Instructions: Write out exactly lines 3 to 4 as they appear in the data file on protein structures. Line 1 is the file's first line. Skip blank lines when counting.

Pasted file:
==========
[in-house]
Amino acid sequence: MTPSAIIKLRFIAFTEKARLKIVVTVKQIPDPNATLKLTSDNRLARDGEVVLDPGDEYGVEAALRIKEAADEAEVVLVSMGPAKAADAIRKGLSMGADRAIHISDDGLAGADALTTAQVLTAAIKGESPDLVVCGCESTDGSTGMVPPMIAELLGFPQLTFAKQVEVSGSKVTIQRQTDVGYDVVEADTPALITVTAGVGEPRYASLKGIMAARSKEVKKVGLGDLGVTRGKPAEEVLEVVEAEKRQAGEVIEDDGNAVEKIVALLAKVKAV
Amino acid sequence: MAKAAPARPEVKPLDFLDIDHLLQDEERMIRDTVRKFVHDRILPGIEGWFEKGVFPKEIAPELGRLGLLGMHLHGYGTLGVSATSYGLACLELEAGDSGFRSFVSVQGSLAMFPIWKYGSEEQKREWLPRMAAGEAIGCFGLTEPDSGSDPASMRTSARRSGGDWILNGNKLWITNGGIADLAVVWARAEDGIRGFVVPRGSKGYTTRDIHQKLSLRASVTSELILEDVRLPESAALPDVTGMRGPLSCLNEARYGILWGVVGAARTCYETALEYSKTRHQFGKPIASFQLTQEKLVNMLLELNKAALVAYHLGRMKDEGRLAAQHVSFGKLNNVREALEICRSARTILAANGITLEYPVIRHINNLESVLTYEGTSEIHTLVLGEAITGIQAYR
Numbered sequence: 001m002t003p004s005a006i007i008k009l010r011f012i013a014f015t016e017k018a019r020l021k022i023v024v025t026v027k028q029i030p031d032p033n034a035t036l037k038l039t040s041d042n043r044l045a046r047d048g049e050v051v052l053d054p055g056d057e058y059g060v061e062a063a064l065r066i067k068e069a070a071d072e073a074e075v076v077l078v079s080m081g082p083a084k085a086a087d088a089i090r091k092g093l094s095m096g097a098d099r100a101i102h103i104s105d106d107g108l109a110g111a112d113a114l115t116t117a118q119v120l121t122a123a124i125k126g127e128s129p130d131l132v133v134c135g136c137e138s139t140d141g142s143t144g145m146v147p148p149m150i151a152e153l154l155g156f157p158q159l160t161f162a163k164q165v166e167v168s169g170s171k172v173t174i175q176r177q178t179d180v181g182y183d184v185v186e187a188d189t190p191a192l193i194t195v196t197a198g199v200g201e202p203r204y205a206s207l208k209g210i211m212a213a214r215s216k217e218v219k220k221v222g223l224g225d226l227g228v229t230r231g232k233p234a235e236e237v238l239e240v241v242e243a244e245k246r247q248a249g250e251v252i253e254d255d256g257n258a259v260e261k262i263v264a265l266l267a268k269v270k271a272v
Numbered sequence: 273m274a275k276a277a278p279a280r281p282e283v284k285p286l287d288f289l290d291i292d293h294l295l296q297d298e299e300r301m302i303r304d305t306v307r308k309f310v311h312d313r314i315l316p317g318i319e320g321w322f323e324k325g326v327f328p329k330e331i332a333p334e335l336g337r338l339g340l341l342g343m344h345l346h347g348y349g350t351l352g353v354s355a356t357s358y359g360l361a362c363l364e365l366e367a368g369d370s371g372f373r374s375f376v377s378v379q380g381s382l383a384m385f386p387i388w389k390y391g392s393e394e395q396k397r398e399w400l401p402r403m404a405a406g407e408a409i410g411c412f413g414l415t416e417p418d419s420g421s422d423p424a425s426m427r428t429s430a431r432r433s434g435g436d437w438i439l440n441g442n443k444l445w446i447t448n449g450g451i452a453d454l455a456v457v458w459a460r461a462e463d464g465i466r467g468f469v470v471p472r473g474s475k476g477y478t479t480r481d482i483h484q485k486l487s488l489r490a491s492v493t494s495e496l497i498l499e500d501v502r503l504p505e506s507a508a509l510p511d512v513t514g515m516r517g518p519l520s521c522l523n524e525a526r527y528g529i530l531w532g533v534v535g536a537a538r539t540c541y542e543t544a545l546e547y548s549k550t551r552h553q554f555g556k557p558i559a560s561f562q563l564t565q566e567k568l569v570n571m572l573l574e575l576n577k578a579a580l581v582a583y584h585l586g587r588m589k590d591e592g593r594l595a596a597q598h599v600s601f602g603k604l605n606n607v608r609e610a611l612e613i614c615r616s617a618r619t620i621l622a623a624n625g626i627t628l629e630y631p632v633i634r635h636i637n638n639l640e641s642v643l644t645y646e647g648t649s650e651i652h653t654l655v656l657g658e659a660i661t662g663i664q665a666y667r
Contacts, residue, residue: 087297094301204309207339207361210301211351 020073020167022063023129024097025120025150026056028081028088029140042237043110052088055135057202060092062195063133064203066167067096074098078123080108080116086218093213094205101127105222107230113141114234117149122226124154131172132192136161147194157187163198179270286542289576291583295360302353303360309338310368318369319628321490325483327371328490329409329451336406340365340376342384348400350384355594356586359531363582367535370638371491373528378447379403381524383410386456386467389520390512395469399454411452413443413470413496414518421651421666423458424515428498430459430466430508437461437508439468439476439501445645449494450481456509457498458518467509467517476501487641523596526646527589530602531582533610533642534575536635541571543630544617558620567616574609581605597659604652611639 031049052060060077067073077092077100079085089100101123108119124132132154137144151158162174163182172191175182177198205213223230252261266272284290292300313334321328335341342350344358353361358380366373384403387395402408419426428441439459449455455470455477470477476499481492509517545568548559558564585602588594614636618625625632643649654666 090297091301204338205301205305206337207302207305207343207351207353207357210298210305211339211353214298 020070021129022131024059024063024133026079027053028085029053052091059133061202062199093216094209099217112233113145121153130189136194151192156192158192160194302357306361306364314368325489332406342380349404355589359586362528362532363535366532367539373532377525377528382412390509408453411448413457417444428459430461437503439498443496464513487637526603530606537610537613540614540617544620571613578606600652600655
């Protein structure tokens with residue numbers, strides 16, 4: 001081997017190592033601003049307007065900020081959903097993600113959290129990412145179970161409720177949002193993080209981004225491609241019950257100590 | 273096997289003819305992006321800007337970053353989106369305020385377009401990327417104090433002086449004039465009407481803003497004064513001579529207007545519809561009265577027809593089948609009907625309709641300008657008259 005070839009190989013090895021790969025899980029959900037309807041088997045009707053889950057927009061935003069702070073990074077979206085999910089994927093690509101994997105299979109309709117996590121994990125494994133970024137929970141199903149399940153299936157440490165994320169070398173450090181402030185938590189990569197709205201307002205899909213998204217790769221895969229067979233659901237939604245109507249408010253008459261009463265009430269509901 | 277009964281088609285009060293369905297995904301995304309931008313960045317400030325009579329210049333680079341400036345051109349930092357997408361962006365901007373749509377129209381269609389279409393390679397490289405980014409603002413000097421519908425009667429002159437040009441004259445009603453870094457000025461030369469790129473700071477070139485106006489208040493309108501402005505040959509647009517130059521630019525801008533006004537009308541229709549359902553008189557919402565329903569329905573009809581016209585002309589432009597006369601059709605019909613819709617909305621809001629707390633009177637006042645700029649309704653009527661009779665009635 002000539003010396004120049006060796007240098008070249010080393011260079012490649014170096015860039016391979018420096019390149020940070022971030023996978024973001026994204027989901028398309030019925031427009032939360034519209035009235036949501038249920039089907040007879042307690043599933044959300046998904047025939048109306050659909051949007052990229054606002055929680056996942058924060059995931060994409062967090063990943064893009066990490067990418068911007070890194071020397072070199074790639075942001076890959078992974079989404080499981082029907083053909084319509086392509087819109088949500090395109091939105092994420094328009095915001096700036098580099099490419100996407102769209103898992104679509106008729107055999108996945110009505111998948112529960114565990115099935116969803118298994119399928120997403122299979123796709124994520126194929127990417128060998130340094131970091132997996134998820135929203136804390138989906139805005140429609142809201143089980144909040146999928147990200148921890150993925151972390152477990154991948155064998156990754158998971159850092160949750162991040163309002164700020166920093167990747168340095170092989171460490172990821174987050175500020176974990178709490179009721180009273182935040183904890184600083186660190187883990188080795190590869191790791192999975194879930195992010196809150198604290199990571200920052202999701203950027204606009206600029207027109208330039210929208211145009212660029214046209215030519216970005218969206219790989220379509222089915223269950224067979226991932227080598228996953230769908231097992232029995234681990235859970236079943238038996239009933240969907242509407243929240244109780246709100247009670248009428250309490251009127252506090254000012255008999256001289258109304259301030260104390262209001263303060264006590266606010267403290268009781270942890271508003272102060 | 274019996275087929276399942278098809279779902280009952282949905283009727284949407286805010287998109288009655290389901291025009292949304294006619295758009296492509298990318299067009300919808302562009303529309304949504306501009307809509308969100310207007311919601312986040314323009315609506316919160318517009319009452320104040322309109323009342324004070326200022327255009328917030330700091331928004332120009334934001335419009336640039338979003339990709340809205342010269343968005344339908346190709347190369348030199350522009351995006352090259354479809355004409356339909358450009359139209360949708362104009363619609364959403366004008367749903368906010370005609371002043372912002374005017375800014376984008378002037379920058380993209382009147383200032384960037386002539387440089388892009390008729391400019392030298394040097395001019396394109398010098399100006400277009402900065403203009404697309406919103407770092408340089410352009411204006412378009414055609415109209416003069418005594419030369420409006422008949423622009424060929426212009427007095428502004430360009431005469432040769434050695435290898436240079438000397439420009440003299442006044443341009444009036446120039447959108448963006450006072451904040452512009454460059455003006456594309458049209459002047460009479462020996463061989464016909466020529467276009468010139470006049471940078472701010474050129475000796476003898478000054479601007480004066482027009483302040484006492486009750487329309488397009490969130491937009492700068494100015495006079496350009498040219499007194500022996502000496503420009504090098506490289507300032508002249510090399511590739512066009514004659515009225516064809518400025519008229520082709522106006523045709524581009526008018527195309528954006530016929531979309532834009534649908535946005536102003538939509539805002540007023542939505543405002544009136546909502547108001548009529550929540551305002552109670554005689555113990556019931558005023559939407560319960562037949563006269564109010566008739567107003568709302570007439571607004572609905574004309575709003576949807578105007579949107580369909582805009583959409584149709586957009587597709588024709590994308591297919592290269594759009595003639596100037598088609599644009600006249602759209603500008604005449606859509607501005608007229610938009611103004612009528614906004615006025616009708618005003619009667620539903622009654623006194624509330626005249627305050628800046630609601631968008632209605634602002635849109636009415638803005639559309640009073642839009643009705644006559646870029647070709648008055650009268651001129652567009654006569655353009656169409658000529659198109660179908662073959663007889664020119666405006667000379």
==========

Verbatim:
Amino acid sequence: MAKAAPARPEVKPLDFLDIDHLLQDEERMIRDTVRKFVHDRILPGIEGWFEKGVFPKEIAPELGRLGLLGMHLHGYGTLGVSATSYGLACLELEAGDSGFRSFVSVQGSLAMFPIWKYGSEEQKREWLPRMAAGEAIGCFGLTEPDSGSDPASMRTSARRSGGDWILNGNKLWITNGGIADLAVVWARAEDGIRGFVVPRGSKGYTTRDIHQKLSLRASVTSELILEDVRLPESAALPDVTGMRGPLSCLNEARYGILWGVVGAARTCYETALEYSKTRHQFGKPIASFQLTQEKLVNMLLELNKAALVAYHLGRMKDEGRLAAQHVSFGKLNNVREALEICRSARTILAANGITLEYPVIRHINNLESVLTYEGTSEIHTLVLGEAITGIQAYR
Numbered sequence: 001m002t003p004s005a006i007i008k009l010r011f012i013a014f015t016e017k018a019r020l021k022i023v024v025t026v027k028q029i030p031d032p033n034a035t036l037k038l039t040s041d042n043r044l045a046r047d048g049e050v051v052l053d054p055g056d057e058y059g060v061e062a063a064l065r066i067k068e069a070a071d072e073a074e075v076v077l078v079s080m081g082p083a084k085a086a087d088a089i090r091k092g093l094s095m096g097a098d099r100a101i102h103i104s105d106d107g108l109a110g111a112d113a114l115t116t117a118q119v120l121t122a123a124i125k126g127e128s129p130d131l132v133v134c135g136c137e138s139t140d141g142s143t144g145m146v147p148p149m150i151a152e153l154l155g156f157p158q159l160t161f162a163k164q165v166e167v168s169g170s171k172v173t174i175q176r177q178t179d180v181g182y183d184v185v186e187a188d189t190p191a192l193i194t195v196t197a198g199v200g201e202p203r204y205a206s207l208k209g210i211m212a213a214r215s216k217e218v219k220k221v222g223l224g225d226l227g228v229t230r231g232k233p234a235e236e237v238l239e240v241v242e243a244e245k246r247q248a249g250e251v252i253e254d255d256g257n258a259v260e261k262i263v264a265l266l267a268k269v270k271a272v